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NHTSA Fines Hyundai $17.35 Million for Brake Recall Delay

Motor Trend logo Motor Trend 8/8/2014 Alex Nishimoto
2012-hyundai-genesis-5-0-r-spec© Provided by MotorTrend 2012-hyundai-genesis-5-0-r-spec

The NHTSA promised to hold automakers accountable for safety defects when it fined GM $35 million for the ignition problem that took more than 10 years to address, and now the agency has followed through by fining Hyundai $17.35 million for not properly carrying out a brake recall.

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The defect in question involves corrosion in "critical brake system components," according to the NHTSA. The corrosion can reduce braking effectiveness, and affects 2009-2012 Hyundai Genesis sedans. Hyundai originally issued a service campaign instead of a full recall, which instructed dealers to replace brake fluid in affected cars without explaining to customers what would happen if it wasn't changed. According to NHTSA, Hyundai knew in 2012 that the Genesis' brake fluids didn't sufficiently protect against corrosion, but didn't issue a recall until it was pressed by the agency following owner complaints of braking problems and an ensuing investigation.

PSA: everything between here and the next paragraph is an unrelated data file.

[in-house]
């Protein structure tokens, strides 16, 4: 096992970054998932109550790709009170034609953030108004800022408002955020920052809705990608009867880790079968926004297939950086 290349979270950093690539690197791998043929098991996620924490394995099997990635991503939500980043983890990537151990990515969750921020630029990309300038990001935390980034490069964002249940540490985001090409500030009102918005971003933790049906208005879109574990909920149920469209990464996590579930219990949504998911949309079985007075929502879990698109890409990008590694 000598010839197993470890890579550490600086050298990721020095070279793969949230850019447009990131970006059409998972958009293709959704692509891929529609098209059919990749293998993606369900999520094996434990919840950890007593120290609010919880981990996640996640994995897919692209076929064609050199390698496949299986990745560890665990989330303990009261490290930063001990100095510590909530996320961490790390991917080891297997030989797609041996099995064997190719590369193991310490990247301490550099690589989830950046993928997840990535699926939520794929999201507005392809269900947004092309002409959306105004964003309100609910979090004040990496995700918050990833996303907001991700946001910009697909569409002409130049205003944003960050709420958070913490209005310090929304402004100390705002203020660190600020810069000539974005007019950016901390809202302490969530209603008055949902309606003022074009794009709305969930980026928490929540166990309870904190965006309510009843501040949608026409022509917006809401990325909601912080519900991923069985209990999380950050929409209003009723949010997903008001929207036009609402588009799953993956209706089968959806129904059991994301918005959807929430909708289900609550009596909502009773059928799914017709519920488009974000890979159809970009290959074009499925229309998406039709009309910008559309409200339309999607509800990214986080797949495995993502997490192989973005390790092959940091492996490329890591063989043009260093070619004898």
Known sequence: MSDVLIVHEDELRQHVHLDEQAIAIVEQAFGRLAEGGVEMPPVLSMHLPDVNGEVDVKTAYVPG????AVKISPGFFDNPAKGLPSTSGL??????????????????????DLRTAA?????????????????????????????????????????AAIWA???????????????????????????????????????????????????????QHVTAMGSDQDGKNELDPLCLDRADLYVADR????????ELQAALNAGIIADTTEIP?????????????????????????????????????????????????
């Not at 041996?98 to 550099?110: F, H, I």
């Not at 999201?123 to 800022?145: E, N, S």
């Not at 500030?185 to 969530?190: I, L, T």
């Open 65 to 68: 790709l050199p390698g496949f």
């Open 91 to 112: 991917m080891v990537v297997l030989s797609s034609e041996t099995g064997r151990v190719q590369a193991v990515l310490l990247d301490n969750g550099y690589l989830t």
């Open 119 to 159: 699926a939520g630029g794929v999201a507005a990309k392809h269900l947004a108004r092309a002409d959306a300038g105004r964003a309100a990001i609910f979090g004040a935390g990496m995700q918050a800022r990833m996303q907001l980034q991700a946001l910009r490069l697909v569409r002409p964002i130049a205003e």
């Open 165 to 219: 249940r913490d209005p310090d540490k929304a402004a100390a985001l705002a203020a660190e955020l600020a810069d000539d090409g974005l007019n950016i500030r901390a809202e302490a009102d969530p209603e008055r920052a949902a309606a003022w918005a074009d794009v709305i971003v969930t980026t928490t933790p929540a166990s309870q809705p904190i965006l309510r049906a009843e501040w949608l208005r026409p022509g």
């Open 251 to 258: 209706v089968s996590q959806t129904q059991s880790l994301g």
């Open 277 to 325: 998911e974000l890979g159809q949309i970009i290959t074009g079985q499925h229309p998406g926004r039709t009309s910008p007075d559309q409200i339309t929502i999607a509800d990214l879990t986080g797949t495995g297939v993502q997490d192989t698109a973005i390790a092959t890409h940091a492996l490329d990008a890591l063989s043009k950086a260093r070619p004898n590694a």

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The NHTSA notes that there have been no fatalities related to the defect, though six owners reported collisions that injured two. As of January 14, 2014, Hyundai has received 87 owner complaints about the Genesis, most citing braking difficulty.

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"Safety is our top priority, and all automakers should understand that there is no excuse for failing to report a safety-related defect, as required by law," U.S. Transportation Secretary Anthony Foxx said in a release. "This Administration will act aggressively and hold automakers accountable when they put the American public at risk."

Foxx had similarly harsh words for GM when it fined the American automaker the maximum amount of $35 million earlier this year. In April, Foxx proposed raising the maximum fine for slow execution of recalls to $300 million as a stronger deterrent for automakers. Many manufacturers have taken Foxx's warning seriously, as safety recalls for even the most minor of problems have been issued on almost a weekly basis following GM's ignition fiasco.

Hyundai has agreed to pay the fine, and as part of a consent order also agrees to "make improvements to its process of identifying, reporting, and communicating safety-related defects in a timely manner." The automaker will form a U.S. Technical Committee, which will review potential Hyundai recalls and make decisions on carrying them out. Hyundai will then be responsible for responding to the recalls based on the committee's recommendations.

Source: NHTSA

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